NOTE: Actually, the Comparator<T> interface is declared to have two methods: compare and equals. Of course, every class has an equals method; thus, there seems little benefit in adding the method to the interface declaration. The API documentation explains that you need not override the equals method but that doing so may yield improved performance in some cases. For example, the addAll method of the TreeSet class can work more effectively if you add elements from another set that uses the same comparator.
If you look back at Table above, you may well wonder if you should always use a tree set instead of a hash set. After all, adding elements does not seem to take much longer, and the elements are automatically sorted. The answer depends on the data that you are collecting. If you don’t need the data sorted, there is no reason to pay for the sorting overhead. More important, with some data it is much more difficult to come up with a sort order than a hash function. A hash function only needs to do a reasonably good job of scrambling the objects, whereas a comparison function must tell objects apart with complete precision.
To make this distinction more concrete, consider the task of collecting a set of rectangles. If you use a TreeSet, you need to supply a Comparator<Rectangle>. How do you compare two rectangles? By area? That doesn’t work. You can have two different rectangles with different coordinates but the same area. The sort order for a tree must be a total ordering. Any two elements must be comparable, and the comparison can only be zero if the elements are equal. There is such a sort order for rectangles (the lexicographic ordering on its coordinates), but it is unnatural and cumbersome to compute. In contrast, a hash function is already defined for the Rectangle class. It simply hashes the coordinates.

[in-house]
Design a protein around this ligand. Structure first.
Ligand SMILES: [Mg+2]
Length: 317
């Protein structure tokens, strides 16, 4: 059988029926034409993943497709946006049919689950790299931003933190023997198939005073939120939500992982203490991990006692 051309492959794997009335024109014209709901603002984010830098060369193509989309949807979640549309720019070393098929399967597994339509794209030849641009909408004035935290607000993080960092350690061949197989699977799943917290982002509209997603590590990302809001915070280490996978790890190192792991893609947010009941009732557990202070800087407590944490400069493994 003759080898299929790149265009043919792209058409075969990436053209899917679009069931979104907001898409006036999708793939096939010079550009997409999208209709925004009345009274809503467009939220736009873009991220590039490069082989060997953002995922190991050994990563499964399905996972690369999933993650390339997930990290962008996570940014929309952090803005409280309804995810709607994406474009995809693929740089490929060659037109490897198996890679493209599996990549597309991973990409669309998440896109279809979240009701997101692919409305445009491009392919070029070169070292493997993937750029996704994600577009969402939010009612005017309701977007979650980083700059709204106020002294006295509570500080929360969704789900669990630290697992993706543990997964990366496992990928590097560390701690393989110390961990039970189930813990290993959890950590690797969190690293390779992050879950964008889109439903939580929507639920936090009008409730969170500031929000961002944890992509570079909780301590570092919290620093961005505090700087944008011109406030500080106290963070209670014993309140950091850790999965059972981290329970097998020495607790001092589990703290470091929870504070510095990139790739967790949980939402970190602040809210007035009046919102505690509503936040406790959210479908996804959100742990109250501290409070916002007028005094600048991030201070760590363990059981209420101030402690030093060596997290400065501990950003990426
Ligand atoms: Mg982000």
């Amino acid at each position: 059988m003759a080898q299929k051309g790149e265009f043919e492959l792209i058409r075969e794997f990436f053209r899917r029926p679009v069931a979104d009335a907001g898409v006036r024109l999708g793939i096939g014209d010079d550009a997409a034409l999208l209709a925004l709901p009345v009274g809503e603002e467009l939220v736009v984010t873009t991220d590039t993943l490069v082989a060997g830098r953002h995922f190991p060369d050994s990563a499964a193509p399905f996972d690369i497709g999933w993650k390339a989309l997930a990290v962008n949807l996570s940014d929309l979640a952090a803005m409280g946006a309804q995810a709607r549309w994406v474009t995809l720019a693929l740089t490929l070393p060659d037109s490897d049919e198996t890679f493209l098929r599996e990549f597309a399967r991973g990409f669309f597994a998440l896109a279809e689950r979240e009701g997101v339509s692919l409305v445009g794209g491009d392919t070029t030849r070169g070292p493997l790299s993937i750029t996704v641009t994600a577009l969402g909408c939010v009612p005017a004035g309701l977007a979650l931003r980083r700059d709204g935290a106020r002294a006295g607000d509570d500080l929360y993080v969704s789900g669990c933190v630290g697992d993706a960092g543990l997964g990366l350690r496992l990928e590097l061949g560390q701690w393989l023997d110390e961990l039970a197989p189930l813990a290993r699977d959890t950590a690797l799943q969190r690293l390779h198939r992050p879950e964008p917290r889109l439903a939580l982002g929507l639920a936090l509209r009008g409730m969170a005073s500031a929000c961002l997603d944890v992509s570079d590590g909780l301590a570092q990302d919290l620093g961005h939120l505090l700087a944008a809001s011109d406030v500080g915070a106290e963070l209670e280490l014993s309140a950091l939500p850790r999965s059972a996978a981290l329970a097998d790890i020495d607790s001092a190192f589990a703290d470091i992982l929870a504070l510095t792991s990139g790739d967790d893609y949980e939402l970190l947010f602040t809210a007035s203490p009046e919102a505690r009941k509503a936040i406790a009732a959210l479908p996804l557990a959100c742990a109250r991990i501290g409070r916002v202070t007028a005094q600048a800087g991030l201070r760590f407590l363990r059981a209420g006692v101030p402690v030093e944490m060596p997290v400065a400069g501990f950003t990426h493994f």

NOTE: As of Java SE 6, the TreeSet class implements the NavigableSet interface. That interface adds several convenient methods for locating elements, and for backward traversal. See the API notes for details. The program in Listing below builds two tree sets of Item objects. The first one is sorted by part number, the default sort order of Item objects. The second set is sorted by description, by means of a custom comparator.
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Core Java Tutorial
An Introduction To Java
The Java Programming Environment
Fundamental Programming Structures In Java
Objects And Classes
Interfaces And Inner Classes
User Interface Components With Swing
Deploying Applications And Applets
Exceptions, Logging, Assertions, And Debugging